Malawi Confederation of Chambers of Commerce and Industry (MCCCI) has pleaded with government to revise downwards taxes on imported raw materials for manufacturing to save companies from shutting down.
The chamber said continued shrinking of the Malawi economy has resulted in companies closing or scaling down production as they can barely afford exorbitant taxes they are required to pay for raw materials to stay in business.
This month, one of the country’s chain stores Peoples Trading Centre (PTC) Limited, which trades as People, closed 20 of its 85 shops nationwide due to poor returns.
In an exclusive interview on Monday, MCCCI president Newton Kambala said exorbitant taxes government is pushing down the throats of companies on imported raw materials are prohibitive to the industry’s growth.
“The high taxes are unfriendly to growth because they result into high production costs, which also lead to high prices for the finished product. It also frustrates efforts to increase production for the export market.
“We are lobbying with government to work on this tax regime so that companies pay less on raw materials. This is also one reason why you see companies closing because they have no financial muscle to keep on importing raw materials,” Kambala said in an exclusive interview.
He explained that highly priced produce is a burden to Malawians whose income has stagnated for years despite cost of living going up.
Kambala added: “When companies are closing, the economy is badly affected. You have seen it at the moment that our economy is shrinking, and failure by companies to export is not helping it to get back to its feet.”
The MCCCI president further said the chamber wants government to apply “right taxes” on imported products so that locally produced goods are made competitive.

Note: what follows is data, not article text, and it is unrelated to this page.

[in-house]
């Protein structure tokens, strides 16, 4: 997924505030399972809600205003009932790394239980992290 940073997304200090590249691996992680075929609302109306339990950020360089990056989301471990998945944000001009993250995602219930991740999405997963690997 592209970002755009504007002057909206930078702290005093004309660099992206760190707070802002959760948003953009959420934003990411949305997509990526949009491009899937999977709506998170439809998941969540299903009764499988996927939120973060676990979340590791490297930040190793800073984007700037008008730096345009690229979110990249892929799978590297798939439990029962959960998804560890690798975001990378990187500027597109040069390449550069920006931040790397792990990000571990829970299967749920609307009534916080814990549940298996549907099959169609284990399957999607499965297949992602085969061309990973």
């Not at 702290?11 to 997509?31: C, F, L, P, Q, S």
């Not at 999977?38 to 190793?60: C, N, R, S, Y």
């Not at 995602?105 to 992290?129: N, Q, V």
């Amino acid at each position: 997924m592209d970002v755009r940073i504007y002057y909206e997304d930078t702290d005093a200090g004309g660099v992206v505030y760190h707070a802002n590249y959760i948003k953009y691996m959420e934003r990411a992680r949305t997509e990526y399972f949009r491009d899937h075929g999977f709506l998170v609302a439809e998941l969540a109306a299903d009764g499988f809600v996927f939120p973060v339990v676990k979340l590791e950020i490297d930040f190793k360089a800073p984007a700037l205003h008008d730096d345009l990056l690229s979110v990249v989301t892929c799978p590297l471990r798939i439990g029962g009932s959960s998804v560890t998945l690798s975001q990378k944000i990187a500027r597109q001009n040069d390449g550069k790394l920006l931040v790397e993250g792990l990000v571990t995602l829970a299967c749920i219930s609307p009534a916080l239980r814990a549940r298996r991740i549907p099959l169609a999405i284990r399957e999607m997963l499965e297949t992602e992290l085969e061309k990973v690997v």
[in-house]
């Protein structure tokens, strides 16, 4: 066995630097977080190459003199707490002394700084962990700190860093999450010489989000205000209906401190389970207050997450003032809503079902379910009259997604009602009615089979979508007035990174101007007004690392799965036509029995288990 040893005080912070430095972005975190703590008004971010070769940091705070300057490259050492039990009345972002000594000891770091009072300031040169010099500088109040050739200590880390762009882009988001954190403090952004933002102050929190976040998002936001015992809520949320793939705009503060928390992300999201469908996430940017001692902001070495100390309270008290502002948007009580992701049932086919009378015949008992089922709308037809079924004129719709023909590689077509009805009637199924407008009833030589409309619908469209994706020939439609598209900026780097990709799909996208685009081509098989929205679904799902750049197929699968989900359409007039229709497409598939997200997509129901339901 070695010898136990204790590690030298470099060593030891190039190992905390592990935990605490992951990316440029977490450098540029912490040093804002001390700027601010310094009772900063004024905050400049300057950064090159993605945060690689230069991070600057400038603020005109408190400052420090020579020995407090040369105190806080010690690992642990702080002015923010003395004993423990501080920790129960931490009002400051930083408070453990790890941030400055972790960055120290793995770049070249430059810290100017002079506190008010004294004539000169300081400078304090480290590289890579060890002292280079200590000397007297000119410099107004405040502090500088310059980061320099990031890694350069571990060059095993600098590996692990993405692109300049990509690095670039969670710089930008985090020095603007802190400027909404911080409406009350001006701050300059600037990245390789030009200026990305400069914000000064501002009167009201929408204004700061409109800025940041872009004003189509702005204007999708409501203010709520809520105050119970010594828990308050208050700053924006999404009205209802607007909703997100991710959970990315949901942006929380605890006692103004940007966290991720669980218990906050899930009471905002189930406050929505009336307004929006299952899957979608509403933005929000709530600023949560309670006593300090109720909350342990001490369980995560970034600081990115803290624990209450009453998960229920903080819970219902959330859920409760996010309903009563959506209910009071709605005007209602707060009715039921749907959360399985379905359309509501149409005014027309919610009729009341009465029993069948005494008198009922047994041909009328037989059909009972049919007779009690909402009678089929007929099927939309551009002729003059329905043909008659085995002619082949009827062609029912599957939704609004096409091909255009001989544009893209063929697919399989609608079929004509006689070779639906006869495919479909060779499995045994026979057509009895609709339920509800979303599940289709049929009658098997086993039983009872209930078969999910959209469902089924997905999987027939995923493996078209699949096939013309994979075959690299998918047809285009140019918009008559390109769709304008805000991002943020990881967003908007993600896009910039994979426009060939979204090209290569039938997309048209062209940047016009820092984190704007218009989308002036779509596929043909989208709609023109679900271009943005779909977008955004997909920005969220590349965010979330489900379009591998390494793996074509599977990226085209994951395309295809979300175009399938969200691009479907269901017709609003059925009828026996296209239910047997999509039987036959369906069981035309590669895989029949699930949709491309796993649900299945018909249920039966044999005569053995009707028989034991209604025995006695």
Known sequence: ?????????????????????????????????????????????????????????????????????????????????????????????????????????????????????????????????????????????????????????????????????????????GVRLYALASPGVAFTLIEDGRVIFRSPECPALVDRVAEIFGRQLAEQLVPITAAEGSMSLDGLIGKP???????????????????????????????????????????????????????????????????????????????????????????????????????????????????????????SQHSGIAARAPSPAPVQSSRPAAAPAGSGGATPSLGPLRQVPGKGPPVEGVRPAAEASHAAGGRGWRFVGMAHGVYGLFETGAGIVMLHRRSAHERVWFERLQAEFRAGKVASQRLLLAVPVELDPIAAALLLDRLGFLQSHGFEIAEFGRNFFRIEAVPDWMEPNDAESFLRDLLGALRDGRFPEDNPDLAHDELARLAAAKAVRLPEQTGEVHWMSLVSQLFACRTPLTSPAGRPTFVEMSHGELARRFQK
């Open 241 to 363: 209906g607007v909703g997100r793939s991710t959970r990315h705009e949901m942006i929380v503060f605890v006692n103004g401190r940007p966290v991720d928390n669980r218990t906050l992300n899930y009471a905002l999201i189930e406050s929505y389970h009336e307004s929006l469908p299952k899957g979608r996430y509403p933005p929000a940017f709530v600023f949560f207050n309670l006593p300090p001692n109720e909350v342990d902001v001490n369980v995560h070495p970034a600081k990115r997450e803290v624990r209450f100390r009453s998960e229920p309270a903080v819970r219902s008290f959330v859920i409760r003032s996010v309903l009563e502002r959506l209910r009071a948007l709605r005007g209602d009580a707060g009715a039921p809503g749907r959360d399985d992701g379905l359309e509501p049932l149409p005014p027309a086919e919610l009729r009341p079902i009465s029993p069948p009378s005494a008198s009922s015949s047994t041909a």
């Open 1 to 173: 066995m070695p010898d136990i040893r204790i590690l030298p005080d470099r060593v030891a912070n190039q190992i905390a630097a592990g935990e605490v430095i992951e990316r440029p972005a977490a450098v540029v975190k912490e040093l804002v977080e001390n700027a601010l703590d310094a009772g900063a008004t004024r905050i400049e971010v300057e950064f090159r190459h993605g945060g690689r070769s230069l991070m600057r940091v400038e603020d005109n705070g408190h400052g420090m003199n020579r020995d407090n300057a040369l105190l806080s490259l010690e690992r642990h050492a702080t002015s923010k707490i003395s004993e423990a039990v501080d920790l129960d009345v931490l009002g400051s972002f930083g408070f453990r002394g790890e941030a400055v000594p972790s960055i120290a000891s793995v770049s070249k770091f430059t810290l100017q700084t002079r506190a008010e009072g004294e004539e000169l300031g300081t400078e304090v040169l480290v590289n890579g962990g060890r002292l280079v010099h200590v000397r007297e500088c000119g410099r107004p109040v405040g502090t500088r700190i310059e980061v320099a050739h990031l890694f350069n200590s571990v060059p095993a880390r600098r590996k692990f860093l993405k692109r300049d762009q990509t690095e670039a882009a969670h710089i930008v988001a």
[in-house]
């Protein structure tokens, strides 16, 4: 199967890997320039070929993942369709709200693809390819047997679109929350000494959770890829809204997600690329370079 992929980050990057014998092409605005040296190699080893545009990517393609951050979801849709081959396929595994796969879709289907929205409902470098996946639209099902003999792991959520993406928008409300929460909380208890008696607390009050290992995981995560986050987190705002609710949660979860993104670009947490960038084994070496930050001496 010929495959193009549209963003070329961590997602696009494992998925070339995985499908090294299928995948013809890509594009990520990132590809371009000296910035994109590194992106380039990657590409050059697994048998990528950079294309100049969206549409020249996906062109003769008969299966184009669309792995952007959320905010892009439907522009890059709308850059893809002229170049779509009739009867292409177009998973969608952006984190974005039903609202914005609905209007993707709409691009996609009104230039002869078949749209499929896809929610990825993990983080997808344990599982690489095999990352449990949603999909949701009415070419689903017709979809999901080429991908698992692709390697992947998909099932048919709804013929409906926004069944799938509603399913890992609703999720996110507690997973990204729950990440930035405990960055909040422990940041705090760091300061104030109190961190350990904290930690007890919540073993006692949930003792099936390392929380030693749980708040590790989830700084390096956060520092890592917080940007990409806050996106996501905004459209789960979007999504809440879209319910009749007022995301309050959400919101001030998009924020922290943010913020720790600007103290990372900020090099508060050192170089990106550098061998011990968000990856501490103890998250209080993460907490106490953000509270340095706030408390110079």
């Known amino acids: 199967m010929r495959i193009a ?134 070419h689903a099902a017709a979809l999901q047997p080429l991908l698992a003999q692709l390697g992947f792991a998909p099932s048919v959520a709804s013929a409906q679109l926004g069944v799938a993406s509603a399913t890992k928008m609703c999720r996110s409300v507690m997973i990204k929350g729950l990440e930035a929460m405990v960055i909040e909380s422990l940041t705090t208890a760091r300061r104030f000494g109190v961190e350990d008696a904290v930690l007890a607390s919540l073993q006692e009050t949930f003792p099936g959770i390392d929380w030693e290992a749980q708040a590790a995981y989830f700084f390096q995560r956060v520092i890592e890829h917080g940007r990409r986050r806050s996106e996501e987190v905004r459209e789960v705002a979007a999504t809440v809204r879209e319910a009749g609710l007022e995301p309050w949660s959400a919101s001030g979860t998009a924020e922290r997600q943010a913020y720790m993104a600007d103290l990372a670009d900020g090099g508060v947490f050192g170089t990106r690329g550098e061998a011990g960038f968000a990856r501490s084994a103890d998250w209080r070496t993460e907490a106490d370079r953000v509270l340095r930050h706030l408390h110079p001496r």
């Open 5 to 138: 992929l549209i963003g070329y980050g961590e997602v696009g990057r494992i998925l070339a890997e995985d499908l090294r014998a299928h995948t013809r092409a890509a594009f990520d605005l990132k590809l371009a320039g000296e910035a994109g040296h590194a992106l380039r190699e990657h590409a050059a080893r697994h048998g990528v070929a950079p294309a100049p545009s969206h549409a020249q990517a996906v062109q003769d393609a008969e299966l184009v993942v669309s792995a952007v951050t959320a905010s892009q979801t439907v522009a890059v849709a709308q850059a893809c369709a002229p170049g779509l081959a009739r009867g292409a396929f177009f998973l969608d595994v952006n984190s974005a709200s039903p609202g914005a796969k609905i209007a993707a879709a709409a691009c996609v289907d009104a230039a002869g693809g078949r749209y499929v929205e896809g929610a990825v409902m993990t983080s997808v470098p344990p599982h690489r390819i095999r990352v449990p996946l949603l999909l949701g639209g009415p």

He also accused government of contributing to the industry’s downfall, through its failure to pay back debts for goods and services rendered by the private sector.
MCCCI said government owes the private sector about K155 billion in arrears.
But Minister of Finance, Economic Planning and Development, Goodall Gondwe in a recent interview, said government has started paying back the debt in phases.
He said government set aside K50 billion to settle private sector arrears and so far it has issued zero coupon promissory notes to restructure the debt.
According to Gondwe’s budget statement, the first bunch of the promissory notes is expected to mature this year, the next in 2016/2017 financial year whilst the last will be in 2017/18.
Speaking during the groundbreaking ceremony of Malawi Bureau of Standards (MBS) Laboratory Complex in Blantyre on Monday, chief technical advisor for the United Nations Industrial Development Organisation (Unido), Francois Denner, whose organisation is providing technical and financial support towards the laboratory, challenged Malawi to increase its presence on the international market.
“Therefore, it is a non-negotiable requirement that Malawi has to transform the National Quality Infrastructure to retain and expand its access to global markets. This requires upgrading policies, regulations and conformity assessment bodies,” he advised.
When commissioning Balaka Cotton Ginnery on January 18, President Peter Mutharika admitted that industrialisation and trade remain key to Malawi’s economic growth.